Friends and family mourn the loss of local woman killed while skydiving in South Carolina

Posted at 3:56 PM, Jun 01, 2018
and last updated 2018-06-05 13:48:48-04

WILLIAMSBURG, Va. - Carolyn Clay, 69, was known as the queen of skydiving who flew effortlessly in the air.

"She basically took charge of the room when she came in," said Tara Glenn who works at Skydive Suffolk. "As soon as she walked in everyone was like, 'Oh my God, that's Carolyn.'"

Clay was killed while making a hard landing fall after a parachute malfunction around 3:30 p.m. Thursday.

“I’m not sure if it’s fully sunk in. I have my moments, but all in all I’m doing pretty well," her husband, Charles, told News 3's Aleah Hordges.

Clay said although it was a tragic accident, she died doing something she loved.

"Most of us will do something for a while and when the new wears off, we'll move on to something else; well, that new never wore off," he said.

The Chester County Coroner's Office said she received blunt force trauma in connection to the fall.

"We were checking in at the aviation museum to do our beach jumps this morning and a lot of people were talking about it," Glenn added. "There was a lot of sadness going around."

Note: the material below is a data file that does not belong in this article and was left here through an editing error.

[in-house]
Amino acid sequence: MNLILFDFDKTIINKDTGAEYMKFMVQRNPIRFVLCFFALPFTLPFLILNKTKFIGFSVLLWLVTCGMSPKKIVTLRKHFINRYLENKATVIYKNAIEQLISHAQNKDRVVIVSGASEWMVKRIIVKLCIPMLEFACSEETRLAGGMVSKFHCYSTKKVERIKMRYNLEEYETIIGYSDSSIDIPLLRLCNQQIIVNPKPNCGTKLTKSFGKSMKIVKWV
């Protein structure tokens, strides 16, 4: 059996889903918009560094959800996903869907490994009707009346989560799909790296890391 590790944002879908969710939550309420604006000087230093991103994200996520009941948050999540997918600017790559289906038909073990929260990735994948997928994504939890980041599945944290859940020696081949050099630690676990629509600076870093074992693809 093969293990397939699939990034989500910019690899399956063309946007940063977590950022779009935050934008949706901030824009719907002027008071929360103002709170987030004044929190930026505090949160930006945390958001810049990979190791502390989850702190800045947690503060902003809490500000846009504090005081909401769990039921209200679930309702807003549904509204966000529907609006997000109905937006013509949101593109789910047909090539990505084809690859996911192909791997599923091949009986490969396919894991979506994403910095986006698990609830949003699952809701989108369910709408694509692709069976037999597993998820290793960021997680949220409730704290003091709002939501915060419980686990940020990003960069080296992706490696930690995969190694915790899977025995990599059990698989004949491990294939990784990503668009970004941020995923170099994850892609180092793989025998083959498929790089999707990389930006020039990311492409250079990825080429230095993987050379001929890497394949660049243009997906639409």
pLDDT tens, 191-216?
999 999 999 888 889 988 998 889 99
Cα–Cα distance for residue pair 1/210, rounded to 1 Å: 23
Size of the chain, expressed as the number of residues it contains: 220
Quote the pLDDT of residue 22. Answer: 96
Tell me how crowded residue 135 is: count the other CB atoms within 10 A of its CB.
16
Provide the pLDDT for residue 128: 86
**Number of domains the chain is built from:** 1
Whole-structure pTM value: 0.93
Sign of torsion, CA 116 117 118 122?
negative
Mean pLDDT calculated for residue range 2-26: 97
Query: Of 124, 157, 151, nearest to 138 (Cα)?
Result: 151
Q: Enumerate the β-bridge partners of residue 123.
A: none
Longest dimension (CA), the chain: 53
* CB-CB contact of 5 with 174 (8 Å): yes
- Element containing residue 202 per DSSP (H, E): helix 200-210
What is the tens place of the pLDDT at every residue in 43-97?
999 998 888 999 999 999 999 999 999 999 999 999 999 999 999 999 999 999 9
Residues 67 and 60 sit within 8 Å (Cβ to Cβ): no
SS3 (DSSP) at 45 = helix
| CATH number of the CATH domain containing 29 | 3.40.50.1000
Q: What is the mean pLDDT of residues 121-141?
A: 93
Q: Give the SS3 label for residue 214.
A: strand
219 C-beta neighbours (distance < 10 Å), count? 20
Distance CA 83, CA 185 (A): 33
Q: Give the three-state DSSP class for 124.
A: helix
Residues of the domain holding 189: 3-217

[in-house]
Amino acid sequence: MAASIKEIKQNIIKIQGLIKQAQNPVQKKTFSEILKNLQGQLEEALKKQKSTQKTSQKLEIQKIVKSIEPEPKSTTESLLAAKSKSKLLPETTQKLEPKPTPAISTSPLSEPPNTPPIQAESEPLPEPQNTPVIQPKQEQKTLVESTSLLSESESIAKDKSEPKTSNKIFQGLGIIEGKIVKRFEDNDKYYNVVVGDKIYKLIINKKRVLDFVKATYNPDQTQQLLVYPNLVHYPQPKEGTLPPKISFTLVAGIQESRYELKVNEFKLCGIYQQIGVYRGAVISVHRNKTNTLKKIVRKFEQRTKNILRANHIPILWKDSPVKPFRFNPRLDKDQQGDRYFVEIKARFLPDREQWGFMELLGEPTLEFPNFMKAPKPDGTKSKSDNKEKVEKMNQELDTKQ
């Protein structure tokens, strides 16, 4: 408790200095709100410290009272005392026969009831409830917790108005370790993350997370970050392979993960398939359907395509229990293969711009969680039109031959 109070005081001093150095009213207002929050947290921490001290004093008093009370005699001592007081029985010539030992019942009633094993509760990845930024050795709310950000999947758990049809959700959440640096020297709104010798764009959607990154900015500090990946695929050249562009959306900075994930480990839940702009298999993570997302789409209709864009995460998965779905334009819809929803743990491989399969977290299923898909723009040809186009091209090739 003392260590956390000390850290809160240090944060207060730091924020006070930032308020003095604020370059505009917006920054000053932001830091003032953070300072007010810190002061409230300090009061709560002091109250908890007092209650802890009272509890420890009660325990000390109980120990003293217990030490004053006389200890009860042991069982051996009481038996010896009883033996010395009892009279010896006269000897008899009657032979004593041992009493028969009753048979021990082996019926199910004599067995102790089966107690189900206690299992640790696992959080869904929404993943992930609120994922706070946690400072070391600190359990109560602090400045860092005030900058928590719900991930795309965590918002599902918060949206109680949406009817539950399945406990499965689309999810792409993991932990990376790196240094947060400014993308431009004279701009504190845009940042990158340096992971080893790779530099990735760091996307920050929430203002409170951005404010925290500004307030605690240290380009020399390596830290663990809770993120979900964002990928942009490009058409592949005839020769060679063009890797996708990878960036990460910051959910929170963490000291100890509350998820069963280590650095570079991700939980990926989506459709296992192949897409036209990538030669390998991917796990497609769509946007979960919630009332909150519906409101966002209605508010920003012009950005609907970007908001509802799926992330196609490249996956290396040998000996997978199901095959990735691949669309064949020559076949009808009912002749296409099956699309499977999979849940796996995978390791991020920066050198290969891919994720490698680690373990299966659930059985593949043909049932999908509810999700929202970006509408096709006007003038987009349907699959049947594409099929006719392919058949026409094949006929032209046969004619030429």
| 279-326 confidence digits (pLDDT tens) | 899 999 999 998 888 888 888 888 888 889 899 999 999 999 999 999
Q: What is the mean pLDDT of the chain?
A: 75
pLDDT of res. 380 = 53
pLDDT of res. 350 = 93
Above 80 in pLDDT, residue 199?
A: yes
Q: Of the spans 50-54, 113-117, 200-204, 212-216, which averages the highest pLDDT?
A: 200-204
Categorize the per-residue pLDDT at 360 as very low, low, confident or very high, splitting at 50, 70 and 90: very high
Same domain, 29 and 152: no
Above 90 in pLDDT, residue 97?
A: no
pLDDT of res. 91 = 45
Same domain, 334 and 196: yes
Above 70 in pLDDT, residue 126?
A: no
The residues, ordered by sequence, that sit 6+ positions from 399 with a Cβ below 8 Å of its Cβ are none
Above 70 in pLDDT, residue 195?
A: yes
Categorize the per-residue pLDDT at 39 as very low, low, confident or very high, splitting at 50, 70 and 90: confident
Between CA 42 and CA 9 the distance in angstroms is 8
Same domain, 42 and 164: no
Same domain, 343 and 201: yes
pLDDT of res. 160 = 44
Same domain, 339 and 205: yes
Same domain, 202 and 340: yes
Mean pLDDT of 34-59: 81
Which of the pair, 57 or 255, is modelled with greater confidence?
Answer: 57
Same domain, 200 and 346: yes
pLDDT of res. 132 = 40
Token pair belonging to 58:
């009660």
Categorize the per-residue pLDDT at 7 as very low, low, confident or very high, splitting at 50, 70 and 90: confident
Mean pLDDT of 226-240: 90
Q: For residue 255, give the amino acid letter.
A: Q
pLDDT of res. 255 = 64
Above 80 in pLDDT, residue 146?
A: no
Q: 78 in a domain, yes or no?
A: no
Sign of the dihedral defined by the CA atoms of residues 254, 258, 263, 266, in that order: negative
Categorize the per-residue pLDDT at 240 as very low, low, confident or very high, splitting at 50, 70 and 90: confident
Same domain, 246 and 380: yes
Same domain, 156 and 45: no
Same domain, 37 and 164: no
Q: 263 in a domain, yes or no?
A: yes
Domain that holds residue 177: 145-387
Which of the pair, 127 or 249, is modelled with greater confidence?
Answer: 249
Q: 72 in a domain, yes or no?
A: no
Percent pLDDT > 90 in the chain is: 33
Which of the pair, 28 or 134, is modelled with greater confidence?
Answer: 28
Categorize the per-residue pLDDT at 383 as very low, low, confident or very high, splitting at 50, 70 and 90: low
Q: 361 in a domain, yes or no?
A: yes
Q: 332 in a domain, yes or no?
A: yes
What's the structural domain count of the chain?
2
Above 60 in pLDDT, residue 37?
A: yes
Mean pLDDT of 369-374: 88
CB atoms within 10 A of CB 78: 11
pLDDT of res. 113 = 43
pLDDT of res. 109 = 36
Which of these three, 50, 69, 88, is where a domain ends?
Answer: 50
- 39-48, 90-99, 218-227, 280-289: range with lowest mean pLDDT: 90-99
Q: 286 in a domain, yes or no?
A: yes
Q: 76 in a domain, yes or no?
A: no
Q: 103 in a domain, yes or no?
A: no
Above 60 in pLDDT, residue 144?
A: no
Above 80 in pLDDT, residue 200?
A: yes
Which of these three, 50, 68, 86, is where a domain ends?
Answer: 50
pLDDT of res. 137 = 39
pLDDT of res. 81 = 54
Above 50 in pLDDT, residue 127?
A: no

Clay was born in Hattiesburg, Mississippi, in 1949.

She made her first jump 20 years later while working as a telecommunications specialist in the Navy.

Charles said that skydiving started as a cure for boredom while based in Maryland and then it turned into a passion.

He said Carolyn reached almost 20,000 jumps and gained more than 370 hours of free fall time.

Those who knew her said Clay inspired to be hard-core and fearless like her despite setting numerous world records and earning many awards.

"The drive I had after jumping - it was just incredible because if I can face my biggest fear, which is the fear of heights out of an airplane, I can do anything like, literally," mentioned Glenn. "I think that was a huge part of it for her."

Clay's friends said they're attaching paper crowns to their rigs while jumping at the Patriotic Festival in her memory.

The Federal Aviation Administration is helping investigate the accident.